Total Pageviews

Wednesday, November 25, 2015

Eroded beach rule number one, take your time.

News of eroded (cut) beaches travels fast, especially on heavily hunted beaches, but that does not mean you have to be the first person searching an eroded beach to find gold.
These twelve pieces of gold jewelry were found three years ago on an eroded Florida beach, with at least a dozen people already searching the beach.

I saw the cut beach on a webcam and drove two hours to go search it, despite knowing people were already metal detecting at the beach. 
I slowly searched along the base of the cut for five hours, covering no more than a quarter mile stretch of tourist beach. 
The surprising thing about that afternoon was just how much gold jewelry I detected along the base of the cut, even though it was pock marked with dug holes left behind by other beach hunters.
I have been in many of these type of situations before and I know that speed kills your chance of detecting anything good.
People always make the mistake of picking up the pace when several people are searching an eroded beach.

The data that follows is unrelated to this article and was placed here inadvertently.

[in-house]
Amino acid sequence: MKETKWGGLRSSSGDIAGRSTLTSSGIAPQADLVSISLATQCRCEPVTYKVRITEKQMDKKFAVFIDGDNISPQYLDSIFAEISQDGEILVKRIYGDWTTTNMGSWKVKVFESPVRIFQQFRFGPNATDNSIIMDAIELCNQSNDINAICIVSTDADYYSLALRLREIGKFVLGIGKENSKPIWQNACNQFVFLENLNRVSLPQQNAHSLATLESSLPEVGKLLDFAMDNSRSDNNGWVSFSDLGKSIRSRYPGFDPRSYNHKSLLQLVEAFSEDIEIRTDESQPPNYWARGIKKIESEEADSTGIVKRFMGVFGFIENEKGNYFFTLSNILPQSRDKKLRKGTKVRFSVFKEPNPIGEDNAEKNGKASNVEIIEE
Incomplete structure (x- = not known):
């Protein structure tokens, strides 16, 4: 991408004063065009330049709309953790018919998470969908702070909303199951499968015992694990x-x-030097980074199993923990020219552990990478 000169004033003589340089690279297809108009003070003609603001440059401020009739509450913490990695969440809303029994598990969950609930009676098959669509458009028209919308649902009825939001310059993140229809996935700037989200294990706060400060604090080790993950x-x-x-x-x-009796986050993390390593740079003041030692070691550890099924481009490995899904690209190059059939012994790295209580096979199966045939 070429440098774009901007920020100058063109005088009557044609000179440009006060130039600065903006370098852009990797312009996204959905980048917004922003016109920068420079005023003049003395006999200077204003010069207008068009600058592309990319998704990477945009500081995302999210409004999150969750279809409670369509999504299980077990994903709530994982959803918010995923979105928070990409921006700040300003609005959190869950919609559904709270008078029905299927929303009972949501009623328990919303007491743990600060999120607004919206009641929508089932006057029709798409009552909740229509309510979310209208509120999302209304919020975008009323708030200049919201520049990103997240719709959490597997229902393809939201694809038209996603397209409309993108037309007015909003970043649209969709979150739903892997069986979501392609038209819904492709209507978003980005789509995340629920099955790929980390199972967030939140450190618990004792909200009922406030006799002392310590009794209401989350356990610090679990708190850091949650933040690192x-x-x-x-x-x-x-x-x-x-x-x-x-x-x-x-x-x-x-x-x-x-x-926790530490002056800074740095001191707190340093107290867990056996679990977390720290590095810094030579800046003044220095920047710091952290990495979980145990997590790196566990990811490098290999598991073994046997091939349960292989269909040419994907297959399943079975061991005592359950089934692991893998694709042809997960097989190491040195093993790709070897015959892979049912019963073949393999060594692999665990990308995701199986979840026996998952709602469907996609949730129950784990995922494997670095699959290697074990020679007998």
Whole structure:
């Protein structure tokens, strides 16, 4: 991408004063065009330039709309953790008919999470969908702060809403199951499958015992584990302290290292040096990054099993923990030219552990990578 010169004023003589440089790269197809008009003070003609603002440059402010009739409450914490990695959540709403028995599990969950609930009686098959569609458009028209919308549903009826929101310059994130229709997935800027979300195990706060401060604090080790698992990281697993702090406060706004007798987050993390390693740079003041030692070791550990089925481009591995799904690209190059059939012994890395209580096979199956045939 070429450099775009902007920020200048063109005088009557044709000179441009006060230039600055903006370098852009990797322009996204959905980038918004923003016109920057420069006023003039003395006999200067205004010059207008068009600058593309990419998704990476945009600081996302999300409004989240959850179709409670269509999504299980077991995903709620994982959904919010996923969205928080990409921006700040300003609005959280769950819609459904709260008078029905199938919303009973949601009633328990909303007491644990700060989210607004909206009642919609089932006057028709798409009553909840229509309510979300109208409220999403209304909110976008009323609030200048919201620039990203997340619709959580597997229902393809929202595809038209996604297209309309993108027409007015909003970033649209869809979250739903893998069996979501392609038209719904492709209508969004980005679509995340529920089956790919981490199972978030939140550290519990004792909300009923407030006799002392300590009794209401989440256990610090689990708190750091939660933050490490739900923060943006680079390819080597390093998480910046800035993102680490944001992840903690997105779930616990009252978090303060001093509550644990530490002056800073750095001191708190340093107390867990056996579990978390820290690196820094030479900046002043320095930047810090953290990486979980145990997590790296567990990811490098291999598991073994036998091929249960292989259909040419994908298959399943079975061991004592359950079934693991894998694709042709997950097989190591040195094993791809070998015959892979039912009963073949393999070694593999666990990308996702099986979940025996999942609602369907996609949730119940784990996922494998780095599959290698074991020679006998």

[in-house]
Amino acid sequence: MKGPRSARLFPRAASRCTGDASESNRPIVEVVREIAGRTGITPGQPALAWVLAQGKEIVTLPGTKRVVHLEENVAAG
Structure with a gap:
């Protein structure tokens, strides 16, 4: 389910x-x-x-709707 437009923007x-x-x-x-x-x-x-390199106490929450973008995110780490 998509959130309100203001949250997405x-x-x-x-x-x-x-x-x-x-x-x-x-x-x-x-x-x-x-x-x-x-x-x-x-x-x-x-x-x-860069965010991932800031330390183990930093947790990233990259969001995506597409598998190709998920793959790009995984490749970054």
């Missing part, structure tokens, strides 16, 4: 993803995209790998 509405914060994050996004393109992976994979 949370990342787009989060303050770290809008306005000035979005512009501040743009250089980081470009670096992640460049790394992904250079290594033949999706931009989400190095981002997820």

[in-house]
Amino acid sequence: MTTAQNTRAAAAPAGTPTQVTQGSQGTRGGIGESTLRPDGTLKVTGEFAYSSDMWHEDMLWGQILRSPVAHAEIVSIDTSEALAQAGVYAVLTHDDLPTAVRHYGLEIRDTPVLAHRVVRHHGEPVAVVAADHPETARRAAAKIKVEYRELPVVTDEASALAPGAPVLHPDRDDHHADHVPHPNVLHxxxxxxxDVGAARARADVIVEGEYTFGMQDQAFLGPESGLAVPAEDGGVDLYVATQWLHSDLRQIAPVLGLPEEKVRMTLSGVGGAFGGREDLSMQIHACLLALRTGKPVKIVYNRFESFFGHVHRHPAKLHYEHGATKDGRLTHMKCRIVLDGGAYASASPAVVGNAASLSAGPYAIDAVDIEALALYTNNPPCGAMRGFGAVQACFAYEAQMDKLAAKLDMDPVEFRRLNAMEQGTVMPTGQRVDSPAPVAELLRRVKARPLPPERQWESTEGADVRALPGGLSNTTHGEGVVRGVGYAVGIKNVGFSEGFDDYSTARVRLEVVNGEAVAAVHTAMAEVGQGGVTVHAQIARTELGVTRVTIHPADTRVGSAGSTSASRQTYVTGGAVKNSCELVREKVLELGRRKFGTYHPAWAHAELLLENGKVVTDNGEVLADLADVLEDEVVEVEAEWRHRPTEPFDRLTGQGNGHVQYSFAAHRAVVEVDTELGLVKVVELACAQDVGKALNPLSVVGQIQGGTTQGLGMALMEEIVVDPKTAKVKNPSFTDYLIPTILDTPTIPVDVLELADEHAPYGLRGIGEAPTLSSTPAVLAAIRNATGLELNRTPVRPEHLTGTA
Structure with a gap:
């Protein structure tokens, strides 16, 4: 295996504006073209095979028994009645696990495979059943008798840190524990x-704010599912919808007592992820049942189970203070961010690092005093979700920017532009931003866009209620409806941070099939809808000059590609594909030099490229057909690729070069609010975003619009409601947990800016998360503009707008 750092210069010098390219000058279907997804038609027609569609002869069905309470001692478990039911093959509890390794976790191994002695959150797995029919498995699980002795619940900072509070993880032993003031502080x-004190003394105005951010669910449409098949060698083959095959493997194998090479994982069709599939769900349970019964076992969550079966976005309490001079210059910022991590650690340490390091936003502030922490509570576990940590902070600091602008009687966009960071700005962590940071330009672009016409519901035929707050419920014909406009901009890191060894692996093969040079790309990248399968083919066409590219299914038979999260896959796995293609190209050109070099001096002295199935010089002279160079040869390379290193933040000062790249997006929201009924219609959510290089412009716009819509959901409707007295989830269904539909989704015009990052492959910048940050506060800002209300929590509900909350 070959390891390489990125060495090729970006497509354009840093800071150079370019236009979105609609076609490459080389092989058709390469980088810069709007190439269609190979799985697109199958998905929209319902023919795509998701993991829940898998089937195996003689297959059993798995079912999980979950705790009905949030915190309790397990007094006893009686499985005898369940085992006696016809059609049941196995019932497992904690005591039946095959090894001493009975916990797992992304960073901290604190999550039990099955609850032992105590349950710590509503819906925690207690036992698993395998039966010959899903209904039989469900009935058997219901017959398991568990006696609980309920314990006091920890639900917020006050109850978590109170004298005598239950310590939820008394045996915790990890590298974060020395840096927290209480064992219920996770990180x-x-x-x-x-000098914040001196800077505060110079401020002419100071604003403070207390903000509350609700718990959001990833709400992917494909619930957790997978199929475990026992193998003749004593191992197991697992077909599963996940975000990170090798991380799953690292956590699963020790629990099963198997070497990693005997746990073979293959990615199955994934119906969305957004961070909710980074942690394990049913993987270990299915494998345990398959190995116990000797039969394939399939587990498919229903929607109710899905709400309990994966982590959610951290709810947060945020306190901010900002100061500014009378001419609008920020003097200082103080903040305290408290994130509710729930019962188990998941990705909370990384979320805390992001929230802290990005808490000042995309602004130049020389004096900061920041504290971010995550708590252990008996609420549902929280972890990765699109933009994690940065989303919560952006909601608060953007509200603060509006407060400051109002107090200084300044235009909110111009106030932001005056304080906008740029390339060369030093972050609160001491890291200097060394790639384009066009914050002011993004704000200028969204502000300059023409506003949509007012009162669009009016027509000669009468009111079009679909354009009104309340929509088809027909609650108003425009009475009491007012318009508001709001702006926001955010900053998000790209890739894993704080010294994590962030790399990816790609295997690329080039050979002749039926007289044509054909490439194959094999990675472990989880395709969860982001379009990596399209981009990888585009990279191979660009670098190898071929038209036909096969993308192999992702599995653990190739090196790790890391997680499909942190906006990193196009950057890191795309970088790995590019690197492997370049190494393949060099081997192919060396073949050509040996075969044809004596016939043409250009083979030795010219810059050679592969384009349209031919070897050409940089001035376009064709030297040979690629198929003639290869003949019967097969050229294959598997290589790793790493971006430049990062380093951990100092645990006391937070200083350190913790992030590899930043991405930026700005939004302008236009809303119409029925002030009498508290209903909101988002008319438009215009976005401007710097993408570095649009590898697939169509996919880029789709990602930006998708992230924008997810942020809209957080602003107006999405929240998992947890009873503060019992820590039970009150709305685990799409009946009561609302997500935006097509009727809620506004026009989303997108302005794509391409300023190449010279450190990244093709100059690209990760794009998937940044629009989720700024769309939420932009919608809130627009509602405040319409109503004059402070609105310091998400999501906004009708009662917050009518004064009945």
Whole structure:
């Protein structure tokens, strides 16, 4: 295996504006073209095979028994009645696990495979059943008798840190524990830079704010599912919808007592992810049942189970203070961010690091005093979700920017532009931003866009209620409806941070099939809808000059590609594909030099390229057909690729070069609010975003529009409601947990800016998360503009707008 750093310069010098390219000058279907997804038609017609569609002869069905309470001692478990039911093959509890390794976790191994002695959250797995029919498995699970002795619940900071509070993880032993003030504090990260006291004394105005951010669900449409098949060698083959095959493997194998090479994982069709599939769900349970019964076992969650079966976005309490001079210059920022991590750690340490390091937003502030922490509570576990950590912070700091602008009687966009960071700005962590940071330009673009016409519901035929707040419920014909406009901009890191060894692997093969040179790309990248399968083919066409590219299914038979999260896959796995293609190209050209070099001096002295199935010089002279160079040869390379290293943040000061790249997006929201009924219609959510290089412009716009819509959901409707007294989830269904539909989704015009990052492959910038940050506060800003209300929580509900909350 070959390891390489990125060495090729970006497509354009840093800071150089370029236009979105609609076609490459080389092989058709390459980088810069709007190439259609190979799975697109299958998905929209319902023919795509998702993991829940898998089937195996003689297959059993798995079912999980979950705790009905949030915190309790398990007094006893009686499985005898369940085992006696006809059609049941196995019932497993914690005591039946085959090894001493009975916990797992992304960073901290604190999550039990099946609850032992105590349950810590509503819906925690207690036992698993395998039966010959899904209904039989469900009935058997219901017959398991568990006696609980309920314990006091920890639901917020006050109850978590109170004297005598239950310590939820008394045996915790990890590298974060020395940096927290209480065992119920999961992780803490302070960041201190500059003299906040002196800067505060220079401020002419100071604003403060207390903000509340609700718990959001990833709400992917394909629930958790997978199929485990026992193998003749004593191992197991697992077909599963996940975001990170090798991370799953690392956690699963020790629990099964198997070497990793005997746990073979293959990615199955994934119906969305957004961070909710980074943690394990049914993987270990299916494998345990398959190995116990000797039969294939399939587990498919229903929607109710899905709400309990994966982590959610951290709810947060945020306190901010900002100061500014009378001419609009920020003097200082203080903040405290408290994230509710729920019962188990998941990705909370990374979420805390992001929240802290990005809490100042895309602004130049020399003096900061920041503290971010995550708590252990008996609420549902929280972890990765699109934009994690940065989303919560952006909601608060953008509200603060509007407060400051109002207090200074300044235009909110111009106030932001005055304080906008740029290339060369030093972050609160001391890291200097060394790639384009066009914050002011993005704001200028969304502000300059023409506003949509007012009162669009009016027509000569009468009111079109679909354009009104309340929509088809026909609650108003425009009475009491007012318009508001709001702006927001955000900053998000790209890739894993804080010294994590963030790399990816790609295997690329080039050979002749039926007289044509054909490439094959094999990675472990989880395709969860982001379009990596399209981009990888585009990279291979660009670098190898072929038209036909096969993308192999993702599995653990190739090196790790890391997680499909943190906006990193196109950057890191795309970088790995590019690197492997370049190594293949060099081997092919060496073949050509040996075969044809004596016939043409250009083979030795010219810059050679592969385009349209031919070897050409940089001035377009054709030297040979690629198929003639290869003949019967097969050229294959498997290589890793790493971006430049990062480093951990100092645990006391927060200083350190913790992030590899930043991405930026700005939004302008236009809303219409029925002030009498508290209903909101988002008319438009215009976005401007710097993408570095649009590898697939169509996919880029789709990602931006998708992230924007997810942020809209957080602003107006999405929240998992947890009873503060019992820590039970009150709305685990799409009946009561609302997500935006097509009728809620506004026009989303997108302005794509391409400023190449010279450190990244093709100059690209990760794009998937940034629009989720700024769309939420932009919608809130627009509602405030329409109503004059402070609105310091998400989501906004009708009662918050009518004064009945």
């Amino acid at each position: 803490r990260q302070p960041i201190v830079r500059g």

They see competition and try to cover too much of the beach before the competition.
A good beach hunting mind set to have is not to be in competition with anyone, have no competition but yourself.
I actually slow down when I see other people metal detecting at the beach, because I have no competition and I am not in a race to detect anything before anyone else.
I have supreme confidence in my beach hunting skills and I am going to detect a site thoroughly, even if it has already been searched by other people. 
In my opinion, when you leave a beach you gave it your best shot, no matter the outcome. 
The only way to give a eroded beach a good shot is by covering the area slowly and methodically, or risk leaving a find of a lifetime behind for another beach hunter who is not in a hurry to cover the whole site. 
Oh and the reason I chose to search along the base of the cut that day, was because I know many people ignore searching close to a cut at low tide, assuming the area has been hammered. 
The second surprising thing about that afternoon was recovering a piece of jewelry with my name on it. 

No comments:

Post a Comment